If you're a fan of spy fiction, you're pretty much covered this Christmas no matter which flavor you like. For people who like the big and improbable and outrageous, with action to spare, there's Brad Bird's "Mission: Impossible - Ghost Protocol," and if you prefer the more thoughtful, quiet, real-world approach, prepare to bask in the glory of Tomas Alfredson's new film version of the John le Carre classic, "Tinker Tailor Soldier Spy."
I've been addicted to spy stories, both fiction and non-fiction, since I was very young, and one of the things I remember as a formative event for that interest of mine was the broadcast of the TV version of "Tinker Tailor" that starred Alec Guinness. I tuned in because of Alec Guinness, who I already knew and adored from "Star Wars" and "Bridge Over The River Kwai," and at first, I was disappointed because I thought all spy movies were supposed to be just like James Bond films. As the series progressed, though, I got drawn into this world of quiet power plays, a world where the most dangerous men weren't the ones who looked dangerous, but the ones you barely noticed. I read the le Carre novel, and then read the rest of the books featuring the same character, George Smiley, and that led me to read non-fiction about the history of MI6, and then that led me to reading about the American intelligence community, and a lifelong obsession took hold.
The screenplay for this new adaptation by Bridget O'Connor and Peter Straughan is a fairly impressive effort at condensing a sprawling piece of work into a lean, efficient narrative. It's probably the most famous of le Carre's novels, and it makes sense that this is the one that they chose to adapt. It's not the first of his novels dealing with Smiley, though. He'd already had a fairly full career and a forced retirement or two by the time the events of "Tinker Tailor" rolled around, and it's very smart the way this film suggests a full history for these characters without getting bogged down by it all. Part of me hopes that Alfredson and these writers decide to do the second and third books in the "Karla" trilogy, and they've been careful to leave enough threads in play at the end of this film that they could pick up with "The Honourable Schoolboy" in a few years.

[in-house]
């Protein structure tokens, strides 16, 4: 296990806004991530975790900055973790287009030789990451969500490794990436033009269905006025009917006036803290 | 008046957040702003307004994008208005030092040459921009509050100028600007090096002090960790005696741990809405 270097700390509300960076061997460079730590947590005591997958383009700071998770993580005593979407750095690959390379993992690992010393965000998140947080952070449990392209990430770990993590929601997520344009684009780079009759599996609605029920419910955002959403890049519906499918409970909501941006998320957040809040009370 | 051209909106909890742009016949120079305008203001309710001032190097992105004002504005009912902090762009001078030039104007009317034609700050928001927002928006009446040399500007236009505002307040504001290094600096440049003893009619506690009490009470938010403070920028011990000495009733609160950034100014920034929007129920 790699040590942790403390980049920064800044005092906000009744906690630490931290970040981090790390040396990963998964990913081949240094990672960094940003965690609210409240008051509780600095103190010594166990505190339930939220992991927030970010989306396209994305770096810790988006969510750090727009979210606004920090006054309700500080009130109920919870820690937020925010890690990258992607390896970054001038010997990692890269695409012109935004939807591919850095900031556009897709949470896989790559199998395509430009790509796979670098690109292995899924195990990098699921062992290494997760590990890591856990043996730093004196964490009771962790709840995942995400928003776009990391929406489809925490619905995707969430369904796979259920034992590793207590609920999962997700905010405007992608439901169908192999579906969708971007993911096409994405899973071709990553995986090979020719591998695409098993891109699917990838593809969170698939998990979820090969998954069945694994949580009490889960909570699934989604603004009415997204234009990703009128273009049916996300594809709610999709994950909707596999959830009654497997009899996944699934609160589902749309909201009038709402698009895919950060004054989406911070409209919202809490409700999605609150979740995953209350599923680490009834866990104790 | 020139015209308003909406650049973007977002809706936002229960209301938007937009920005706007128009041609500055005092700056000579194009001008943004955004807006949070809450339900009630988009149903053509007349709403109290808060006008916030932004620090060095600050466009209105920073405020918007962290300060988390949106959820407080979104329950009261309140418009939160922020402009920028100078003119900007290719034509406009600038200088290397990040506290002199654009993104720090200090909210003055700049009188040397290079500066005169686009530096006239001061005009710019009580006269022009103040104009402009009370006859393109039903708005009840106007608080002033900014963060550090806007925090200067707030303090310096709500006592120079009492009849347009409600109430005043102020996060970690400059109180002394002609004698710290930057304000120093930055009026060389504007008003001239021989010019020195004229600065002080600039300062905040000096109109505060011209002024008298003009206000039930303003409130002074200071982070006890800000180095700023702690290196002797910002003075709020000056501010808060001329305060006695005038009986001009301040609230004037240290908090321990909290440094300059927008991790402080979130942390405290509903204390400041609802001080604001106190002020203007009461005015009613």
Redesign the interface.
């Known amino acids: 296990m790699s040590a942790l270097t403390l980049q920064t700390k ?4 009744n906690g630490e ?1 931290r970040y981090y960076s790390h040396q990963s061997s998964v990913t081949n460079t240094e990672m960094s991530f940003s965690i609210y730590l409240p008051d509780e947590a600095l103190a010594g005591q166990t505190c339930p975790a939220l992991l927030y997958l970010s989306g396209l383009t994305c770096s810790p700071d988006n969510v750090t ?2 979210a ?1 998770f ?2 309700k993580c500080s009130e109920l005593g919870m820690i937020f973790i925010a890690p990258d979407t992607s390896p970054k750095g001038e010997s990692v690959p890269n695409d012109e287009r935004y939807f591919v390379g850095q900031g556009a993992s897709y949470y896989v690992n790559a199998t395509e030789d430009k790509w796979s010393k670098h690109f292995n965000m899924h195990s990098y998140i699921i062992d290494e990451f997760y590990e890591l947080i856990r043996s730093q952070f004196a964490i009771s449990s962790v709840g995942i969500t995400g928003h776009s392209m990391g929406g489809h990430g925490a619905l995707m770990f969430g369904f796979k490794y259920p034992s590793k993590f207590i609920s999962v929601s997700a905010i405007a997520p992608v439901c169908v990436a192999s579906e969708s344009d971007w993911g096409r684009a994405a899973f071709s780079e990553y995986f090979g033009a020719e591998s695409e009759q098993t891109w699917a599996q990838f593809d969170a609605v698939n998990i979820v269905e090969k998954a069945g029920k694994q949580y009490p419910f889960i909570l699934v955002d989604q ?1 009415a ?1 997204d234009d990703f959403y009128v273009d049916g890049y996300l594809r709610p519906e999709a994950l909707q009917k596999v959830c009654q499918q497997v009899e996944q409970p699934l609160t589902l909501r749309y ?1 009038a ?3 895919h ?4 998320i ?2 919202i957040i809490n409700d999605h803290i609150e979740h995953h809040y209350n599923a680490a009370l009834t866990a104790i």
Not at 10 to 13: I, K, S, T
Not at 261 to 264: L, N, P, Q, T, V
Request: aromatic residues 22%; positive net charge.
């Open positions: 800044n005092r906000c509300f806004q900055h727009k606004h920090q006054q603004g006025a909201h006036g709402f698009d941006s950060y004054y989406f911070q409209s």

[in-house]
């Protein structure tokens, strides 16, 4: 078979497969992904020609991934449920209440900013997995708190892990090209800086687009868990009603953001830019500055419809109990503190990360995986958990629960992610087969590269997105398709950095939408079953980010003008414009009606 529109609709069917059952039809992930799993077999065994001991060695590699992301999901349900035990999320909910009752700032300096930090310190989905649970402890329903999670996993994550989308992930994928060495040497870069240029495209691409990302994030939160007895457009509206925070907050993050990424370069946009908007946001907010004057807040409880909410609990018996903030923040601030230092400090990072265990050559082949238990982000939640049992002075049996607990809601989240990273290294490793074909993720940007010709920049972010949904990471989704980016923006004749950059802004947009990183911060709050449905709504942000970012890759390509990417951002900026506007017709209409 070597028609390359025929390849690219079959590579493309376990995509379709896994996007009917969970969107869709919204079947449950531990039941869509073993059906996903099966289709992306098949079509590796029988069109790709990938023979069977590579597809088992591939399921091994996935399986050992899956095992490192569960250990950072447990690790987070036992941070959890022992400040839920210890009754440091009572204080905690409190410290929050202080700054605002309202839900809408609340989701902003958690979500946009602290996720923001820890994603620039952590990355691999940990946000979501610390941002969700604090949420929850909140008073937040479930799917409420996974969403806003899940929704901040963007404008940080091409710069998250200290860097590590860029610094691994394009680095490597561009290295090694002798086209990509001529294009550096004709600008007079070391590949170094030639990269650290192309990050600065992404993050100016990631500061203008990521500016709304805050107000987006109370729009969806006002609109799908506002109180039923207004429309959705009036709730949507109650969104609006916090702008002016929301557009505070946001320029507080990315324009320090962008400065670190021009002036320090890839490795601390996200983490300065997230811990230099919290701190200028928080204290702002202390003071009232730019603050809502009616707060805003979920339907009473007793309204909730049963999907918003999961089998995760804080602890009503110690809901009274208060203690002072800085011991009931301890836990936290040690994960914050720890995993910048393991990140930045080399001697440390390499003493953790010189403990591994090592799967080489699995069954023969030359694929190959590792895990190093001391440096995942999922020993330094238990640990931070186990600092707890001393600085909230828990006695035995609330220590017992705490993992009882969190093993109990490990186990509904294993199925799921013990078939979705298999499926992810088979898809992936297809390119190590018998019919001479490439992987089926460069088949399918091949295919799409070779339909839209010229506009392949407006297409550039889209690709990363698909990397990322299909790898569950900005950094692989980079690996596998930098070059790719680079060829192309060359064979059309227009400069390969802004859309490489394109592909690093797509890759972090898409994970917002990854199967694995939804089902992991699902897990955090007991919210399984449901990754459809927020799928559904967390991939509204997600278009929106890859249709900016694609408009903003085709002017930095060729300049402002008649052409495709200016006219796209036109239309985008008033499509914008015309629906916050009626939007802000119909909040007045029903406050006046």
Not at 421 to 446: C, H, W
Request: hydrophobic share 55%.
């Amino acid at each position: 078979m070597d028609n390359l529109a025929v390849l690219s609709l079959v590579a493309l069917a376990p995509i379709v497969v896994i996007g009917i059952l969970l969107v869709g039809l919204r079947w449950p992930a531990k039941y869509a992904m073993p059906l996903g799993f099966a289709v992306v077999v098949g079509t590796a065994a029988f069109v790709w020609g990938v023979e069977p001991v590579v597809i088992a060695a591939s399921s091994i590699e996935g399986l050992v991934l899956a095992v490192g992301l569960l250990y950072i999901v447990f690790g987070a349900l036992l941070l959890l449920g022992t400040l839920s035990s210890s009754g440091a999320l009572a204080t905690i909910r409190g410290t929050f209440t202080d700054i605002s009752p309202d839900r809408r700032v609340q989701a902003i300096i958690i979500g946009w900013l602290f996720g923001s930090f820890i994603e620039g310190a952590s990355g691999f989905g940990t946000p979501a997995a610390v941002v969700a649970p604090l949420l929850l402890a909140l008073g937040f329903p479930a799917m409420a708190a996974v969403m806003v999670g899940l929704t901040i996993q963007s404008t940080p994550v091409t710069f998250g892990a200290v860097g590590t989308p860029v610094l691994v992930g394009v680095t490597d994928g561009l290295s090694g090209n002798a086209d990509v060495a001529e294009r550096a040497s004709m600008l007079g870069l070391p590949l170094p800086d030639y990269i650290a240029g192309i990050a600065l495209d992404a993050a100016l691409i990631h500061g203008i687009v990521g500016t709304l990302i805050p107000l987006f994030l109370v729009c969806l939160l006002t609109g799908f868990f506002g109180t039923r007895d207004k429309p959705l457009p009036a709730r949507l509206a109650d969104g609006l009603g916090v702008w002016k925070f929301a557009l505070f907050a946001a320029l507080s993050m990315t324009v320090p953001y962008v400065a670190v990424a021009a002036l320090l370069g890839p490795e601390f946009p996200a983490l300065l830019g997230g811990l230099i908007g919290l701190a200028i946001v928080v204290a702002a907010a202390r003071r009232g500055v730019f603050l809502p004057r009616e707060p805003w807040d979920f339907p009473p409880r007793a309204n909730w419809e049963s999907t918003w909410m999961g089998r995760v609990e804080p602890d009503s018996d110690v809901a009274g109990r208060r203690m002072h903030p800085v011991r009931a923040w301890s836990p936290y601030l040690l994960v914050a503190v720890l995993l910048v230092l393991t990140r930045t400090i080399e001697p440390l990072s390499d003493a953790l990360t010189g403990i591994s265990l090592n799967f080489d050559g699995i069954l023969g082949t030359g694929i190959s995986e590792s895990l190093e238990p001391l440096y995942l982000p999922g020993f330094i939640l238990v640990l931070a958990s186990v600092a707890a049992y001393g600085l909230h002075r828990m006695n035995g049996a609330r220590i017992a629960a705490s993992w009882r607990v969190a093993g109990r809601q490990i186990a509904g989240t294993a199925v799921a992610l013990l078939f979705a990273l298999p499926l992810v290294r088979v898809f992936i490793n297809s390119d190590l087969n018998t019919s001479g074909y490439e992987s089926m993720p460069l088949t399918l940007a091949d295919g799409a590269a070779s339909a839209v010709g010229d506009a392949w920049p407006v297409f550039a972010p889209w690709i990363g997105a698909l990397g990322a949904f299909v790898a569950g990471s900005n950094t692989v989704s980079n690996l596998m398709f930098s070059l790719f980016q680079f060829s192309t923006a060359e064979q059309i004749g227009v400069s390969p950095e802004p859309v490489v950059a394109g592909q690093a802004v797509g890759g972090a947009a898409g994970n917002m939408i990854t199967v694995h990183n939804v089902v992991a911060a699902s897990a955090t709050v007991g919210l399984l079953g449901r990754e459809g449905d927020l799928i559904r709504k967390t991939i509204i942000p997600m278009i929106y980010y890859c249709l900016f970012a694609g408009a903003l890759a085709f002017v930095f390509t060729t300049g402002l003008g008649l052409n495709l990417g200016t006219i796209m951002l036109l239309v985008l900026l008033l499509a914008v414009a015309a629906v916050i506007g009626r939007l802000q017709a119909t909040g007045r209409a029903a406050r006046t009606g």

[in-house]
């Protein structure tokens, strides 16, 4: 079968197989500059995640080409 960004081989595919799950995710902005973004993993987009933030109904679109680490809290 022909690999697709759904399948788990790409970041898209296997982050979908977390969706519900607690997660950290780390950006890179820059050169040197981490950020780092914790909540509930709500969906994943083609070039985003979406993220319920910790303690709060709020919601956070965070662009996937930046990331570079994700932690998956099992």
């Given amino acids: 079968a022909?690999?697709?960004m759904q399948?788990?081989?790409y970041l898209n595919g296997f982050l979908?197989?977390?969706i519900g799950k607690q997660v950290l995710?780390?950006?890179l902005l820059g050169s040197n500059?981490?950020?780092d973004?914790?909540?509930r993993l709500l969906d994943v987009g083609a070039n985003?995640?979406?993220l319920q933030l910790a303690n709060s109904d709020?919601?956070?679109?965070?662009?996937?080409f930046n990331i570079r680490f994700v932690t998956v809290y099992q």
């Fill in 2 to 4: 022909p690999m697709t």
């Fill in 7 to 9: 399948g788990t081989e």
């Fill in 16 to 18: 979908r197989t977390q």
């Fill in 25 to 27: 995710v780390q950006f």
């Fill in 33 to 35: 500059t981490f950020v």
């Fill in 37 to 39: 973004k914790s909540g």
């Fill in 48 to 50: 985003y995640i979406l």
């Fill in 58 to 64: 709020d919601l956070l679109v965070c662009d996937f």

Even if they don't, what they've built here is a powerful reminder of the virtues of a smart script that treats its audience like they're smart as well. This is not an easy film to fully decode up on first viewing, and I have to assume that my familiarity with the material gave me an advantage. This is about small struggles for power between men whose whole lives are dedicated to secrecy and who have made their careers out of burying their feelings and their personalities. We look at this now, and it feels like a period piece, but when le Carre wrote it, it was as contemporary as possible. Le Carre had a real background in intelligence, and what he was writing about was the way things really worked in a world that most people didn't fully understand. Smiley is a fascinating character because he's exceptional at his work and barely functional as a human being. I get the feeling many of the people who worked in the intelligence world during the Cold War were wired the way Smiley is in this film, and as much as it's a spy thriller, it's also a strong piece of anthropological observation, a look at the human failings that complicated what should have been very precise work.